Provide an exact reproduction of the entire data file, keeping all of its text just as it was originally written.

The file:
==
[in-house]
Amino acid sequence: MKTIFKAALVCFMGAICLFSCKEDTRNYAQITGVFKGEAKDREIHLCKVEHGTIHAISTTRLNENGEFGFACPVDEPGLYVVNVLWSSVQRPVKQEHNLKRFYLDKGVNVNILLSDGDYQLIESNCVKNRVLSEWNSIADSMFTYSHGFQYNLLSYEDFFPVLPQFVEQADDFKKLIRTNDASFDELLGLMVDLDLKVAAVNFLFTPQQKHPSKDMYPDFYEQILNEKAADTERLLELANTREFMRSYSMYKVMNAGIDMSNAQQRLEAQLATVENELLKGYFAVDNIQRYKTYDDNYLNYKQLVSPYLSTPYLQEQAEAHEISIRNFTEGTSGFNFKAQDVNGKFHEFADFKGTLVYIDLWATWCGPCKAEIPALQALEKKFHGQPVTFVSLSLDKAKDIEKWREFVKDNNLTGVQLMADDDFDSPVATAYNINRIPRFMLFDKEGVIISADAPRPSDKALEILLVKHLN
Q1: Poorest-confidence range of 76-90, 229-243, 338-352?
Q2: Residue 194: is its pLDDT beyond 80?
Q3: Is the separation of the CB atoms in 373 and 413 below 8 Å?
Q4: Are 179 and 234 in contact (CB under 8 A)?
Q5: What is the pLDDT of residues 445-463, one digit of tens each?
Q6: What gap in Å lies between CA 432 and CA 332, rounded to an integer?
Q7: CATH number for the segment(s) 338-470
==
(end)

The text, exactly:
[in-house]
Amino acid sequence: MKTIFKAALVCFMGAICLFSCKEDTRNYAQITGVFKGEAKDREIHLCKVEHGTIHAISTTRLNENGEFGFACPVDEPGLYVVNVLWSSVQRPVKQEHNLKRFYLDKGVNVNILLSDGDYQLIESNCVKNRVLSEWNSIADSMFTYSHGFQYNLLSYEDFFPVLPQFVEQADDFKKLIRTNDASFDELLGLMVDLDLKVAAVNFLFTPQQKHPSKDMYPDFYEQILNEKAADTERLLELANTREFMRSYSMYKVMNAGIDMSNAQQRLEAQLATVENELLKGYFAVDNIQRYKTYDDNYLNYKQLVSPYLSTPYLQEQAEAHEISIRNFTEGTSGFNFKAQDVNGKFHEFADFKGTLVYIDLWATWCGPCKAEIPALQALEKKFHGQPVTFVSLSLDKAKDIEKWREFVKDNNLTGVQLMADDDFDSPVATAYNINRIPRFMLFDKEGVIISADAPRPSDKALEILLVKHLN
Q1: Poorest-confidence range of 76-90, 229-243, 338-352?
Q2: Residue 194: is its pLDDT beyond 80?
Q3: Is the separation of the CB atoms in 373 and 413 below 8 Å?
Q4: Are 179 and 234 in contact (CB under 8 A)?
Q5: What is the pLDDT of residues 445-463, one digit of tens each?
Q6: What gap in Å lies between CA 432 and CA 332, rounded to an integer?
Q7: CATH number for the segment(s) 338-470